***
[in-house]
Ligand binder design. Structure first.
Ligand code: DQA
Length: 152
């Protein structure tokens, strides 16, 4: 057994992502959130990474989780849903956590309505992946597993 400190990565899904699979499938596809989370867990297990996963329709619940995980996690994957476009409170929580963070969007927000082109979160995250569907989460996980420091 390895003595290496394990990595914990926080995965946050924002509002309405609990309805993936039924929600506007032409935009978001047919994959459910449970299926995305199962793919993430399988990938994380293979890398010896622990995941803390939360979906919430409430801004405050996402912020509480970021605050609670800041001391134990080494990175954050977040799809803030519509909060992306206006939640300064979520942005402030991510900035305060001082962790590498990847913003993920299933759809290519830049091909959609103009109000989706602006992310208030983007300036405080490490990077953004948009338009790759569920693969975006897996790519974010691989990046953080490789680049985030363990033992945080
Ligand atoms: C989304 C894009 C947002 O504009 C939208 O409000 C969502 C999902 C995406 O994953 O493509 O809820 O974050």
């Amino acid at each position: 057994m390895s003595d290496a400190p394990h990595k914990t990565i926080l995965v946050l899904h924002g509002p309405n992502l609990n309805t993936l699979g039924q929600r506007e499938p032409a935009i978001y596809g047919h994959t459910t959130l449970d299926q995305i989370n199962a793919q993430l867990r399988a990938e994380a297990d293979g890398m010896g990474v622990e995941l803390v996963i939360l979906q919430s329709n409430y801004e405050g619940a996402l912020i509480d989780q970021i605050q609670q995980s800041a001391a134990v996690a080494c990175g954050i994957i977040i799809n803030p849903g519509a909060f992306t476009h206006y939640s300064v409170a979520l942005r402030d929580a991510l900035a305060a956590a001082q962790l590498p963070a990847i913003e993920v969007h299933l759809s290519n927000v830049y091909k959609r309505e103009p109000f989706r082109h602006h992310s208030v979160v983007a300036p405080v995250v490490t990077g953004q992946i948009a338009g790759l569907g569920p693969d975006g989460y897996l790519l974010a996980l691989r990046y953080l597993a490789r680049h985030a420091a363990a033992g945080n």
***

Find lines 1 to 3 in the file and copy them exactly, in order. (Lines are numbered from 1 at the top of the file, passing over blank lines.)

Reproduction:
[in-house]
Ligand binder design. Structure first.
Ligand code: DQA